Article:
# Legends
Shefflin and Farrell give finality to exits of the greatest Galway and Dublin have produced
It was confirmed over the weekend that inter-county returns for Joe Canning and Stephen Cluxton are not on the cards.

HENRY SHEFFLIN AND Dessie Farrell knew the questions were coming. 

pjimage (2) Inpho All-Ireland winning captains Joe Canning and Stephen Cluxton. Inpho

After an experimental Dublin outfit defeated Offaly by five points in the O’Byrne Cup on Saturday afternoon, the issue of Stephen Cluxton’s involvement was raised in the manager’s post-game interview. 

Farrell spent the early part of last season batting away questions around the availability of the seven-time All-Ireland winning captain. It took him until July, after the win over Wexford in their Leinster opener, to finally rule Cluxton out of the 2021 season.

This came two weeks after Ciaran Kilkenny indicated to the media that the Parnell’s man had indeed returned to training. Prior to that, there had been reports that Cluxton was unhappy with Dublin’s Covid training breach. 

When Dublin saw off Meath in unconvincing fashion in the Leinster semi-final, Farrell stated “ultimately that decision whether Stephen plays for Dublin again rests with him.”

When Farrell reflected on his second season in charge, allowing the issue linger for so long was undoubtedly something he regretted.

It was an issue that hung over Dublin for most of the campaign. For young goalkeeper Evan Comerford, who stepped into his shoes, it must have been difficult to avoid the outside noise in his first campaign as the undisputed number one.

In confirming Cluxton would not be part of their plans in 2021, he made it clear that Cluxton had “stepped away” rather than retired.

This time around, Farrell’s message had more of a tone of finality to it. 

“Stephen won’t be involved this year” he told reporters. “Stephen’s not one for big announcements as you know. There’ll be no fanfare or official announcements from him, but he won’t be involved this year.

“Out of respect to him, we need to let him live his life and we need to do our own thing, so we know the position and hopefully everyone else knows it at this stage as well.”

dessie-farrell James Crombie / INPHO Dublin boss Dessie Farrell. James Crombie / INPHO / INPHO

Farrell danced around announcing Cluxton’s retirement on behalf of the great goalkeeper, but reading between the lines it certainly looks like it’s the end. Cluxton, recently turned 40, always shied away from the limelight, despite his central role in the most dominant county side in GAA history. 

There was never going to be a carefully crafted statement released through the GPA or Dublin county board.

Shefflin, meanwhile, took the first available opportunity to confirm that Joe Canning wouldn’t be performing a u-turn on his Galway retirement. 

The Kilkenny legend guided his new team past Offaly in the Walsh Cup, introducing some exciting fresh talent on his managerial debut. 

Canning’s surprise retirement came last July, just days after the Tribesmen exited the championship. 

In an interview the following month, he doubled down on his decision.

“If people know me kind of personally, I’m stubborn enough,” he said. “If I say something, that’s it and that’s the way it is. There’s no return from me I’m afraid, that’s the way it is.”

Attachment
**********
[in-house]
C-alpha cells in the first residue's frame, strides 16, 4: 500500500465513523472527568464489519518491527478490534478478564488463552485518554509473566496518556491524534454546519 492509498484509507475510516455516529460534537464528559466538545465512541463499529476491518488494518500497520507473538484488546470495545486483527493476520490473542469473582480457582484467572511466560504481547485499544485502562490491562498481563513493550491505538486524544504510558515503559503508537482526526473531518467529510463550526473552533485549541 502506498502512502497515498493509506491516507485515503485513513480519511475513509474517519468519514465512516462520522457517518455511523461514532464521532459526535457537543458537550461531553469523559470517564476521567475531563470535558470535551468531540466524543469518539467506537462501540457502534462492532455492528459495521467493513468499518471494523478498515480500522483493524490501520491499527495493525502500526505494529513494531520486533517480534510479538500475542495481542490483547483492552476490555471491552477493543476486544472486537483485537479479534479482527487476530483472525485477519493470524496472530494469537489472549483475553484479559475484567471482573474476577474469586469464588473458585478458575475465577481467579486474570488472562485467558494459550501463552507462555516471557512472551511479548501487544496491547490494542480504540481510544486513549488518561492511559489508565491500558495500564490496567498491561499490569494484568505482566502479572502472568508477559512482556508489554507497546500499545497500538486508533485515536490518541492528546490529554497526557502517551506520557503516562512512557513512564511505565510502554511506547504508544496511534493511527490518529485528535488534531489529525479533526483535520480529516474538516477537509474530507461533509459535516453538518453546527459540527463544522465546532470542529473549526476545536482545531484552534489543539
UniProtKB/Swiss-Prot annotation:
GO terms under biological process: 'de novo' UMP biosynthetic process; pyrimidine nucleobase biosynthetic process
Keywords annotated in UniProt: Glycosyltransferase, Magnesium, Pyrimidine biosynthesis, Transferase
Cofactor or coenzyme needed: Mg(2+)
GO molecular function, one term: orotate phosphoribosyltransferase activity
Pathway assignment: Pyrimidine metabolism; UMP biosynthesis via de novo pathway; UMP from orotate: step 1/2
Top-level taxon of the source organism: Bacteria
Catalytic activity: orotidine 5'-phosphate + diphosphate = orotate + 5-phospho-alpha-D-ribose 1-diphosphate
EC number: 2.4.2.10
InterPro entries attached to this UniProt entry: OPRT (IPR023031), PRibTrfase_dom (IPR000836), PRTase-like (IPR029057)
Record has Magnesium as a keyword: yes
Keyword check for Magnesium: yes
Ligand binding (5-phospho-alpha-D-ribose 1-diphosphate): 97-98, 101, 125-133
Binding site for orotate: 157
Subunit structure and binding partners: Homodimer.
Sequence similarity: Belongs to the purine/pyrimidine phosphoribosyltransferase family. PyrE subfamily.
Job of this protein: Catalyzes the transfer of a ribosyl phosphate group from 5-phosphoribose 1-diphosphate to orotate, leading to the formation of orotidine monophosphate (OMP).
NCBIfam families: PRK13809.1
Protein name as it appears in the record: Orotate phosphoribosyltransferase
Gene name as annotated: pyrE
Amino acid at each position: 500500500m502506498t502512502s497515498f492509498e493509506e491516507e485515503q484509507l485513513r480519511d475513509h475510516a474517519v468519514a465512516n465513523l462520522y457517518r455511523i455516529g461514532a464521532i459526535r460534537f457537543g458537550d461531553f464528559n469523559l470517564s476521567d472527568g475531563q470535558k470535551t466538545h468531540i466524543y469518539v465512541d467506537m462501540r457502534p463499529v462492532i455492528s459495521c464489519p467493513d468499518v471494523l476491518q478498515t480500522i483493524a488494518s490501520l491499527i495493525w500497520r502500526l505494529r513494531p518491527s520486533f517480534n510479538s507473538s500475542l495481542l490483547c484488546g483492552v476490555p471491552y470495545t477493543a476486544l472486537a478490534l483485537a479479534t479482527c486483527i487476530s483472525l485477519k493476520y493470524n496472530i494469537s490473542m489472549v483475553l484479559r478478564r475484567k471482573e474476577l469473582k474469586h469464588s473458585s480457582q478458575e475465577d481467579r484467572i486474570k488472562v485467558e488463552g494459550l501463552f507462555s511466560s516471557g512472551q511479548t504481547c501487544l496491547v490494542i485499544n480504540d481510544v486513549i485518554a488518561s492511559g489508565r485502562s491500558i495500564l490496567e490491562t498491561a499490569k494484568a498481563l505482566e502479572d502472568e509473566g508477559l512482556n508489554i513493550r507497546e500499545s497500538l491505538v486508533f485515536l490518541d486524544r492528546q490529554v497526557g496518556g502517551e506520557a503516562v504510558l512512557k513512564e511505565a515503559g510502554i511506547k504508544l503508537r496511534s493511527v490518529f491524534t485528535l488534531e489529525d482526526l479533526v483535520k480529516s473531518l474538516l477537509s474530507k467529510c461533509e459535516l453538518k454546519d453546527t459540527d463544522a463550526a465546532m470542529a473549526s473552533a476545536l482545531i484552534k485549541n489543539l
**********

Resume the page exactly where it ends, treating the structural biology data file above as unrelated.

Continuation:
Then manager Shane O’Neill vacated the hot-seat. Even before a new man was appointed, speculation over Canning’s return started. When Davy Fitzgerald looked destined to take charge, it was felt his previous relationship with Canning from their Fitzgibbon Cup days in LIT could persuade the Portumna man to change his mind.

Amid the excitement over Shefflin’s shock appointment in November, the prospect of the legendary figure luring a fellow former Hurler of the Year back into the fold was widely discussed. 

But Shefflin firmly closed the door on Sunday, announcing that, while he’d “love” to have worked with Canning, he fully respected his retirement from inter-county hurling. 

“Yes I did chat to Joe, but Joe was very comfortable with his position,” said the 11-time All-Ireland winner.

michael-fennelly-and-henry-shefflin-shake-hands-after-the-game Ken Sutton / INPHO New Galway manager Henry Shefflin greets his club-mate and Offaly boss Michael Fennelly. Ken Sutton / INPHO / INPHO

So over the course of 24 hours, the inter-county exits of Cluxton and Canning were confirmed. 

Both will go down as the greatest either county ever produced in their code. 

Canning fitting left the stage as the championship’s all-time leading scorer, setting the new record in the 65th minute of his final game for the county. His wizardry was forever enshrined in the All-Ireland success of 2017 that bridged a 29-year wait for the MacCarthy Cup out west. 

He’ll take his first steps into coaching with the Galway minors this year. It’s too early to say if a future in management awaits him, but he certainly has the hurling brain and determination to make a success of it if he’s so inclined.

The lack of fanfare around Cluxton’s exit this week is just the way he’d have liked it. He’ll keep a low profile in the media, but it will be interesting to see if he follows Canning’s lead and become involved in coaching the next generation in Dublin at some point down the line.

Whatever their future holds, after 14- and 19-year careers respectively, both Canning and Cluxton left an indelible imprint on the game that will stand the test of time. 

They’ll be missed.

– First published 12.16, 11 January


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